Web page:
Having not had much luck in his home country, Hungarian artist Varga Tamás made the bold decision to cross the Atlantic in an attempt to enter the American comic market. This was a journey that would begin in Dover, New Jersey as an art student attending the world-famous Kubert School.
By the time the artist, nicknamed Tomi, started classes in the US, he had already begun his first comic series, Zoe, which he later published through ComiXology Submit while still in school. As it turns out, this would be a start of a trend, as during his final year in school he also landed his first coloring job through IDW, on The Shrinking Man, and was handpicked by Marguerite Bennett (A-Force, InSEXts) to collaborate on a story for the Broken Frontier Anthology.
Now a graduate, Tomi remains busy in the industry, coloring for IDW on Fistful of Blood with Kevin Eastman and Simon Bisley, as well as putting together a new collection of stories with Marguerite Bennett that will come out later in the year. He even manages to reserve some time to work on his own projects. Lucky for us, he was able to squeeze in an interview about his journey to the US, his time in school, and how he broke into the comic business.
Broken Frontier: You grew up in Hungary. What can you tell us about growing up there, how you got into comics and becoming an artist?
Tomi: I was born on the first day of the post-communist era. I grew up in a country that spent the last 25 years trying to figure itself out and how it wants to do things, and I think that is a major theme in my personality and my stories, too.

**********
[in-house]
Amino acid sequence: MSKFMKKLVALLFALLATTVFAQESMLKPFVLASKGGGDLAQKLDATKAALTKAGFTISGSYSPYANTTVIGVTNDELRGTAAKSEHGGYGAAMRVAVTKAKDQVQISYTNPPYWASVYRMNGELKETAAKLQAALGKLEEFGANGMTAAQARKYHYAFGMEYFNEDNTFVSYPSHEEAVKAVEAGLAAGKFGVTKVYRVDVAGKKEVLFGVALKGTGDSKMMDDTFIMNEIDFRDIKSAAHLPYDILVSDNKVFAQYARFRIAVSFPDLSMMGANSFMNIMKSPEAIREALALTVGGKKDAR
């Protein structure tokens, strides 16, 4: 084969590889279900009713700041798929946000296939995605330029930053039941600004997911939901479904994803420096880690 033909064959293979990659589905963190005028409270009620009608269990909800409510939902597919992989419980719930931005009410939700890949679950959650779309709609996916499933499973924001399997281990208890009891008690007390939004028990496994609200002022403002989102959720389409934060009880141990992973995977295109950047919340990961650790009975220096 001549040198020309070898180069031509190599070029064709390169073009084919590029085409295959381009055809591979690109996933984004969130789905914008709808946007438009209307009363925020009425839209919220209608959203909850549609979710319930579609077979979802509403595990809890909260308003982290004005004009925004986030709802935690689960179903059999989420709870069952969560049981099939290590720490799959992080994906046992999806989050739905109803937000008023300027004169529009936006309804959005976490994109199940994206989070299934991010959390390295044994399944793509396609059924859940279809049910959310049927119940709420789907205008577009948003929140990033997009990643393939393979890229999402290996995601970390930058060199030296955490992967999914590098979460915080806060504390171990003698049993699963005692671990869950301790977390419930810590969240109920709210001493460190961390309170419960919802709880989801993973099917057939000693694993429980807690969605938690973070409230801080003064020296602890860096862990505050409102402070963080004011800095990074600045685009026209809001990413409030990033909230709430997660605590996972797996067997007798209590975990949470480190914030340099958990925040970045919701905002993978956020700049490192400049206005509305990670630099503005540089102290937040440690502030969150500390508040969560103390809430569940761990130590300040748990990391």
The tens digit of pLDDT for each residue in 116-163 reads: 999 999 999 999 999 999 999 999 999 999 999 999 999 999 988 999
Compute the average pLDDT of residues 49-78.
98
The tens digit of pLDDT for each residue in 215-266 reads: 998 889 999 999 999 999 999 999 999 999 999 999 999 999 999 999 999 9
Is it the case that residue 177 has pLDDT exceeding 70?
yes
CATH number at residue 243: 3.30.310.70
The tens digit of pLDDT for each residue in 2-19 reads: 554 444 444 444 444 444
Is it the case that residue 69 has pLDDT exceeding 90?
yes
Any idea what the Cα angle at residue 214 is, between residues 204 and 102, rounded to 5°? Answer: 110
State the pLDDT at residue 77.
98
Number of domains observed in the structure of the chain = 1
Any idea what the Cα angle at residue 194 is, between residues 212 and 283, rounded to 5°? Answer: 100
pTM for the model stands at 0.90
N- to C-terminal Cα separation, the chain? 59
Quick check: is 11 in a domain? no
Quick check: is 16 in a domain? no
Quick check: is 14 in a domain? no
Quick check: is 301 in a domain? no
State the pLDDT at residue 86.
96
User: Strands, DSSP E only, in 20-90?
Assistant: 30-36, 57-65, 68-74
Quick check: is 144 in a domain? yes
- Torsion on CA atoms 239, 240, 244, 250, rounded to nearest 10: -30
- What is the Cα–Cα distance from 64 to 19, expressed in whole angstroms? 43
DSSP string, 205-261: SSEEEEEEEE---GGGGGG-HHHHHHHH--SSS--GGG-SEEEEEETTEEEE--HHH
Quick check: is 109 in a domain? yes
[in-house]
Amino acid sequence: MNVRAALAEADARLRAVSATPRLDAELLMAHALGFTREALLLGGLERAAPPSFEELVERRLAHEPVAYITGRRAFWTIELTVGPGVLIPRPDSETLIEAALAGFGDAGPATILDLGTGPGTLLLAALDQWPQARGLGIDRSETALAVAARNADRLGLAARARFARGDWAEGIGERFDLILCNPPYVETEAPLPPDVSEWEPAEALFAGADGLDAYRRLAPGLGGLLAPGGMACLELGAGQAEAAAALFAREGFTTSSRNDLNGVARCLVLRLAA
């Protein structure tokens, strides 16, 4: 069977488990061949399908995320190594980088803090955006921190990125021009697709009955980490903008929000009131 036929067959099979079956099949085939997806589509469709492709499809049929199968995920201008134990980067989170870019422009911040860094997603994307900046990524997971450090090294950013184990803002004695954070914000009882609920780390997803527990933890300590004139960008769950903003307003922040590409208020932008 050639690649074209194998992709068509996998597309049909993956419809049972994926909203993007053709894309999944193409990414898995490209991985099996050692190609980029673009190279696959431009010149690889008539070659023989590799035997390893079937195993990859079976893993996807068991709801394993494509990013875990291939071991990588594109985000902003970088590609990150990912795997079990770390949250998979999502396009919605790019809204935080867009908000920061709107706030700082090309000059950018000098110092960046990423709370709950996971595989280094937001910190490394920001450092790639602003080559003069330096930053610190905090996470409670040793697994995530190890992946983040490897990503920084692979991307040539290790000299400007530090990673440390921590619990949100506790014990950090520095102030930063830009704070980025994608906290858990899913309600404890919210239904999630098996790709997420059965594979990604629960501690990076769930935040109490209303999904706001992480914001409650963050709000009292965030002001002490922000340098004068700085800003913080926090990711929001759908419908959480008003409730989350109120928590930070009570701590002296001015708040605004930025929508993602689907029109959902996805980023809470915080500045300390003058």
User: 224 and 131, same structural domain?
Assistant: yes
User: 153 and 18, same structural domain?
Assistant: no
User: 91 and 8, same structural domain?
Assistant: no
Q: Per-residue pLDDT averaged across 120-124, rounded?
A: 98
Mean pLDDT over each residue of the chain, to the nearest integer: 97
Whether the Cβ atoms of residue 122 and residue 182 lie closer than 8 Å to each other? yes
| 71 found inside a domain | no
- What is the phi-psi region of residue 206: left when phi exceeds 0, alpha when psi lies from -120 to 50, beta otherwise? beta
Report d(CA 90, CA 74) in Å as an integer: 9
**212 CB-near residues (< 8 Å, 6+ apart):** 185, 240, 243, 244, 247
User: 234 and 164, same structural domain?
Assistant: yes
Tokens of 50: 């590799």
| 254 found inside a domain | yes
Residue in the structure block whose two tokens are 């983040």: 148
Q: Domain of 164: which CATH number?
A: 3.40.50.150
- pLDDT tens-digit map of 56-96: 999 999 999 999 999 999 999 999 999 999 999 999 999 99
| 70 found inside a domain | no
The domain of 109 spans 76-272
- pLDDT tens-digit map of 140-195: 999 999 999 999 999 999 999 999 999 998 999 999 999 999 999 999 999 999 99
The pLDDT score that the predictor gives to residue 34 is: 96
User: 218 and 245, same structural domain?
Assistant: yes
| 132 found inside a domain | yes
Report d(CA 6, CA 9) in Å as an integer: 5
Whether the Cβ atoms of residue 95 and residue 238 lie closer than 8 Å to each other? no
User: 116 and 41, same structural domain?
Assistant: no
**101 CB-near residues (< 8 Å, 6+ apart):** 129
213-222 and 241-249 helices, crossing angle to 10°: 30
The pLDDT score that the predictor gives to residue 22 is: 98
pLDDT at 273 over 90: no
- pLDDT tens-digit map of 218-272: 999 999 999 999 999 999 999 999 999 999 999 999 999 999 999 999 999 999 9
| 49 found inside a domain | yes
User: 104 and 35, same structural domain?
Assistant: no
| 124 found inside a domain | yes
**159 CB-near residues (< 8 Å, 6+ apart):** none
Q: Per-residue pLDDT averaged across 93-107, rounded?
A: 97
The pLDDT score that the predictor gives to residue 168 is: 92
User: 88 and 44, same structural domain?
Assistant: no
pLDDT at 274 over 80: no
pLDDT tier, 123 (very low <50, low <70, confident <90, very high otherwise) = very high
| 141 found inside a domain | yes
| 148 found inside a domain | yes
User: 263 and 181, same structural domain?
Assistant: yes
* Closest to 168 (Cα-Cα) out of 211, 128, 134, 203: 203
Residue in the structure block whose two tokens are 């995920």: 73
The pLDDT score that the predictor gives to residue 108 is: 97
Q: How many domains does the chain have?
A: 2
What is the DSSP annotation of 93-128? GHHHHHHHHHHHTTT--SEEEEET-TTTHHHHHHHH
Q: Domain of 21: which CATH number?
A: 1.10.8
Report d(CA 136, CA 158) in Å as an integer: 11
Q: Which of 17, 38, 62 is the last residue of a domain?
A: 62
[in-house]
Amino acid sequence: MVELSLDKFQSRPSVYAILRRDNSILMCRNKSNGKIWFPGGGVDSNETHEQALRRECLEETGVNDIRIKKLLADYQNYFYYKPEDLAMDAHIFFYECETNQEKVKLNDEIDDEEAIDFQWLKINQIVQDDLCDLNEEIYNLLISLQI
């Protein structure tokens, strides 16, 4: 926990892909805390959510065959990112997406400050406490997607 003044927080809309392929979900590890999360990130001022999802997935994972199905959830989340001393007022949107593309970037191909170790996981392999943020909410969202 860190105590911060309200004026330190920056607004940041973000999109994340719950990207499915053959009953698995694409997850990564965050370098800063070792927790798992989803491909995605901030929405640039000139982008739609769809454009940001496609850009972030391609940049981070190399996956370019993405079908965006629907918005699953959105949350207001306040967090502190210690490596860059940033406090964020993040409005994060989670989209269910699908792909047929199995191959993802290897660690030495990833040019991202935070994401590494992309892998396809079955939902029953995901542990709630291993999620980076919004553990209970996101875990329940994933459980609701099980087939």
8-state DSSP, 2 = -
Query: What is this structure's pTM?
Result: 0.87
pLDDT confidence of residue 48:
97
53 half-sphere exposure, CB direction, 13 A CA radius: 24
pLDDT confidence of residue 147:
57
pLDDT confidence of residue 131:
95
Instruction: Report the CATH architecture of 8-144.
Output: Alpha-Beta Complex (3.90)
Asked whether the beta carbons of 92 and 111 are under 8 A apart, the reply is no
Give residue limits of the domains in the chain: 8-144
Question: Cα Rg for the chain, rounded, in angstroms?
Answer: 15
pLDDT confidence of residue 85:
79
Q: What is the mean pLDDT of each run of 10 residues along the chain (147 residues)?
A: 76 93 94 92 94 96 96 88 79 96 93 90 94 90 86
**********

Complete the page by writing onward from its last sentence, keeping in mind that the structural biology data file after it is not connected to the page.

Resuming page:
I have always been a late bloomer. I’ve been drawing since day one, but I come from a family of doctors, so becoming an artist didn’t even occur to me until I graduated from high school and had to decide what I wanted to do with my life.
I grew up in a small town, I had no artist examples around me, so while my parents were supportive I was sort of flying blind. I was writing a lot in high school, so at the time it was a draw between that and art, but I didn’t get into screenwriting college, so I spent the next few years in art schools studying graphic design and photography, hoping to find my place.
While I have always loved comics, the market at home was always small and dying, so I tried to find the closest available profession. But my style just didn’t fit with contemporary European illustration, and graphic design was too impersonal for me without the storytelling aspect, so after four years I realized that I had to look outside my country.
What drove you to attend the Kubert school and move all the way to the US?
The almighty power of Google, ha ha. In January 2012 I went online to look for any college abroad that could take me closer to comics, but I only found the same graphic design programs everywhere. So one night I just gave up on the prestige of college degrees and just typed “comic book school” into Google; the first result was the Kubert School’s website.